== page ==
While juggling three torches, I found myself carrying on a casual conversation with someone at the street fair.
I had to pause my flashy tricks – like the ones where I swipe down quickly to make a loud ‘WUFFF’ of noise, or spin a torch around the outside of my elbow – so I could chat about the quality of the street fair for a bit. I just held the 3-torch cascade, in a stable pattern. After our conversation, I stepped back, and refocused my attention onto my signature tricks.
I happen to be really good at multi-tasking – it’s one of the reasons I’m a talented juggler. But I think what makes me effective is that I’ve learned how to condense multi-tasking into uni-tasking
When you drive a car, are you multi-tasking?
There are lots of tiny little movements and actions that combine to pull a car out of a driveway, enter a highway, and merge into traffic. Are you doing each and every one of those actions individually? Or is there a larger umbrella activity known as ‘driving’ that can be counted as a focused, singular task?
If you know how to drive a car, I’m sure you remember the first few times you drove. It was likely stressful, and you were overwhelmed by the number of things you had to do simultaneously. Some actions you had to start doing before you were finished with other activities, and keeping all of these tiny actions in order felt like playing in a one-man band. Your feet had to do things while your hands did other things and your eyes did still more, all at the same time.
But over time, if you continued to drive, this combination of simultaneous movements became smoother. You stopped having to devote so much attention to each micro-task, and eventually, you became competent enough at driving a car – or riding a bike, or playing an instrument – that you could do it while carrying on a conversation, or multi-tasking with other complicated activities.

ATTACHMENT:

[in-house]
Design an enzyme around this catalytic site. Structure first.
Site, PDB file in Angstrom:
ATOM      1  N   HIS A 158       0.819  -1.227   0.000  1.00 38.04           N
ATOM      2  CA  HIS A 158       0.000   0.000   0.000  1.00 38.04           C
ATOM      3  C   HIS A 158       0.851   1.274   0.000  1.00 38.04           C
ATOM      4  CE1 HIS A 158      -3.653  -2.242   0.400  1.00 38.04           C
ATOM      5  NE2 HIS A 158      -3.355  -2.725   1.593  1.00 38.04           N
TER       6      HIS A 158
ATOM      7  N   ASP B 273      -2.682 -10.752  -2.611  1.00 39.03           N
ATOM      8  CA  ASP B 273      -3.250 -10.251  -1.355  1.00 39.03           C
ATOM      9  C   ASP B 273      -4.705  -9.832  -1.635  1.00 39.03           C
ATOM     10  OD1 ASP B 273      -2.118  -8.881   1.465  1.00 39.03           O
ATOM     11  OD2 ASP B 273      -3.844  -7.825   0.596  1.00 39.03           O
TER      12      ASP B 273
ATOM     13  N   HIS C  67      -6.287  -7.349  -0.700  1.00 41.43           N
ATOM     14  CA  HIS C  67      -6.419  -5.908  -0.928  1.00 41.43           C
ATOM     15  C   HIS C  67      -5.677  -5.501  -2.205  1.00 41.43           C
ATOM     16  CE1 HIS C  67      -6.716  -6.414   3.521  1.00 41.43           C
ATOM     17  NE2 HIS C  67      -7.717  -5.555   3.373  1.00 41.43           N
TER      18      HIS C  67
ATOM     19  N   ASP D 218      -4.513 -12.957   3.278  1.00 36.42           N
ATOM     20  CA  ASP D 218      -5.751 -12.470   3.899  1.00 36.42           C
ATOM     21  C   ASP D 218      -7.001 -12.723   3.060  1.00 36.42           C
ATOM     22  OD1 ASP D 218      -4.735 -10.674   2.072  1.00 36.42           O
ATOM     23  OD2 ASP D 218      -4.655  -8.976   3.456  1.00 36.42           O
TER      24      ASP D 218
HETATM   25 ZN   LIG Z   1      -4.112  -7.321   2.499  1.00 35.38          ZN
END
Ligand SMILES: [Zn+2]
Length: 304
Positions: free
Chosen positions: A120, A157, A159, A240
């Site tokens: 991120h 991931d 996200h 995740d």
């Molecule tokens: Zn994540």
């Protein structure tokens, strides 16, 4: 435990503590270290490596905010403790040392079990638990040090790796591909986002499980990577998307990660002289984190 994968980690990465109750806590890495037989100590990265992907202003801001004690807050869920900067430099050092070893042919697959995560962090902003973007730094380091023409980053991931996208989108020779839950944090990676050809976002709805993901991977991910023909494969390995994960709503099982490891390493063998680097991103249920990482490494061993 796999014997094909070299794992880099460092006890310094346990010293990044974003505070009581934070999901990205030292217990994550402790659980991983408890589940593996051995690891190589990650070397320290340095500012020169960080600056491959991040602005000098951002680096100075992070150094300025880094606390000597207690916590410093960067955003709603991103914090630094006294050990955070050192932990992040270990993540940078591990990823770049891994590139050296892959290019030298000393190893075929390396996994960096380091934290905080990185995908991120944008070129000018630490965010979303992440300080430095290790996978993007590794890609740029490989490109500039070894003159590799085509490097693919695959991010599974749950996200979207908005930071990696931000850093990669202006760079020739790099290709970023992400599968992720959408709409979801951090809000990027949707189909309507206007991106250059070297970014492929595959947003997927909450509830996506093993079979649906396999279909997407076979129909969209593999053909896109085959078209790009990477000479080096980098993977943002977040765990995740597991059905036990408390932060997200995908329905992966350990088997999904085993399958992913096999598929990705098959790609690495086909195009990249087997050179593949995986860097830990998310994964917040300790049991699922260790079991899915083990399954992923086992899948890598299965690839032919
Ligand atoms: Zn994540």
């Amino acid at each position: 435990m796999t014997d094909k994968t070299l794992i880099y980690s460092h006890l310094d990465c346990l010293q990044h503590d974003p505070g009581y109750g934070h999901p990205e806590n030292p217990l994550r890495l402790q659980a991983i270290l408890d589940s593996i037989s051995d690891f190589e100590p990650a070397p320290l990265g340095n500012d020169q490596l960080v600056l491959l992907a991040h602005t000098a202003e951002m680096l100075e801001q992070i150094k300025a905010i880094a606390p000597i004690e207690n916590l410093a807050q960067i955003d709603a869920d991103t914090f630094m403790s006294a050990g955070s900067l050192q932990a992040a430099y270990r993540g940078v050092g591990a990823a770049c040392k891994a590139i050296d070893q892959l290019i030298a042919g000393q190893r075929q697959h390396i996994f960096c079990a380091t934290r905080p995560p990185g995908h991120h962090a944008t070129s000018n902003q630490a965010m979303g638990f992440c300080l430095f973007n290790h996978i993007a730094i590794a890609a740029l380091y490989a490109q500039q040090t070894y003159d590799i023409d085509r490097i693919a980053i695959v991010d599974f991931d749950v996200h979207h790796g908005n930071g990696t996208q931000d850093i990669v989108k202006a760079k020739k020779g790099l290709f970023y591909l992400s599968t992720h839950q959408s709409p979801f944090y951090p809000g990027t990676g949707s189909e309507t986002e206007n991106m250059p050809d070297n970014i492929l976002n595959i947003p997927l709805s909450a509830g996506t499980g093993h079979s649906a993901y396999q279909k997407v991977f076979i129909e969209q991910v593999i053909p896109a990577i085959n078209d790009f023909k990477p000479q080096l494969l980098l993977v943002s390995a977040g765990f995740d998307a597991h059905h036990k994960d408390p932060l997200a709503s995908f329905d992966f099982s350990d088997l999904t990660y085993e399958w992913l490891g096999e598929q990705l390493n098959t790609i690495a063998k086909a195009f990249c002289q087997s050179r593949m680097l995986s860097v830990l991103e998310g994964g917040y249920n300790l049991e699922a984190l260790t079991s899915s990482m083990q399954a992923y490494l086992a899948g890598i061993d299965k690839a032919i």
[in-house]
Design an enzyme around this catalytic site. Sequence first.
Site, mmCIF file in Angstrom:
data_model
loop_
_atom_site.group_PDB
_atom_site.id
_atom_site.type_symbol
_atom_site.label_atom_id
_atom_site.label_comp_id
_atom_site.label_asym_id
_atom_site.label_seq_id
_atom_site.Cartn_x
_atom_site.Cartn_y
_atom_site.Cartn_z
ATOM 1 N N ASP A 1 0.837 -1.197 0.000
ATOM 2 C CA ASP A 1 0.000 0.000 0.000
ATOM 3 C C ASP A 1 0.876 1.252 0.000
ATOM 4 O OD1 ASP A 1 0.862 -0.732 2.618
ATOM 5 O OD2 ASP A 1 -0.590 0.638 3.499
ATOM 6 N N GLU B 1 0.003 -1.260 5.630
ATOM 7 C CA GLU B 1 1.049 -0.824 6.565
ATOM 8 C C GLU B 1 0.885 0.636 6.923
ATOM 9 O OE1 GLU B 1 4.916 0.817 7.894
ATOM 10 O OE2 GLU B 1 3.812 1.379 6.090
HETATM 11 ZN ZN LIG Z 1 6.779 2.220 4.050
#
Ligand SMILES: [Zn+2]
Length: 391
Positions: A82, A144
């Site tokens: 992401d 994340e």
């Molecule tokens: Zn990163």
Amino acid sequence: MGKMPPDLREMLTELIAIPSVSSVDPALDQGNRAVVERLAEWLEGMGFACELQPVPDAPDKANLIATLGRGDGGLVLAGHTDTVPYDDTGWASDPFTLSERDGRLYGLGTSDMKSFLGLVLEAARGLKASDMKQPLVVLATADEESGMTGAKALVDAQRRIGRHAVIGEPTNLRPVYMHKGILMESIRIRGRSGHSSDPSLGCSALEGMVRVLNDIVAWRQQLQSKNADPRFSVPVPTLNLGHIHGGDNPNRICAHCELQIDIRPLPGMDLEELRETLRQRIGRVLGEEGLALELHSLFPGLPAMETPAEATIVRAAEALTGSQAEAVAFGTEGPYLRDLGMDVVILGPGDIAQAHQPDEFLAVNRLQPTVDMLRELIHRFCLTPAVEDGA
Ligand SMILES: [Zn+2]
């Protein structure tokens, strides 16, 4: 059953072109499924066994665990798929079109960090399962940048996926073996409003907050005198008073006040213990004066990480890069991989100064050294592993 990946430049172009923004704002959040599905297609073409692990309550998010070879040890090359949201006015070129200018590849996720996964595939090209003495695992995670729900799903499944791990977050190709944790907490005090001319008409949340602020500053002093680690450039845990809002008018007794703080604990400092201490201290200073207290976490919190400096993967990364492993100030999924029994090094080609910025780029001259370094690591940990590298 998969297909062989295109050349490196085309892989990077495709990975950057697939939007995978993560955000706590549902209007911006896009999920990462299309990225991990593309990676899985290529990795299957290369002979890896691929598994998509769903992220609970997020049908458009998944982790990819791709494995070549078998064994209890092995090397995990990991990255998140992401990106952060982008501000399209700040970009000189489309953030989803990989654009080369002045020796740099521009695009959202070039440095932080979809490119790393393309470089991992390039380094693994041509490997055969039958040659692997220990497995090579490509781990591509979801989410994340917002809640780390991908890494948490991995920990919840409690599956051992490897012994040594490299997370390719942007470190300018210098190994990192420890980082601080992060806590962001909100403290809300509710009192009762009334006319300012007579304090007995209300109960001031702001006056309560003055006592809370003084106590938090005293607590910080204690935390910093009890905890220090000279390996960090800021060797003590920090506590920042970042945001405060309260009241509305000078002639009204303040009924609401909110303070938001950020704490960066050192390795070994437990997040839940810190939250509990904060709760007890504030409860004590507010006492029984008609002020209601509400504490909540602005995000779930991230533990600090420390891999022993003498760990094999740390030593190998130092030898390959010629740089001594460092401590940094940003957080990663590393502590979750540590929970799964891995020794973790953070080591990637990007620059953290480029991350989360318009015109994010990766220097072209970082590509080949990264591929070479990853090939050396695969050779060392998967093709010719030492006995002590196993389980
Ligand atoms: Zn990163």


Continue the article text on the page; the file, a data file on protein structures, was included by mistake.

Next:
You can’t effectively multi-task while you are learning something new, but over time, you can merge the tasks you have mastered into a singular uni-task.
Dr Richard Young, the author of Simplify: A High-Performance Playbook to Win the Real Game and a high performance coach to Olympic athletes, contrasts the difference between multi-tasking and mighty-tasking. When you focus on one single thing, he says, you can gain more effectiveness and efficiency than if you dilute your attention among multiple competing priorities.
There are times when I think Richard is correct, especially when you are learning something new. Learning how to type while petting a dog is not going to increase your word count. But after a level of mastery is acquired, you can type 60 words per minute with your hands and pet your dog with your foot without a loss in efficiency – but only after mastery is complete.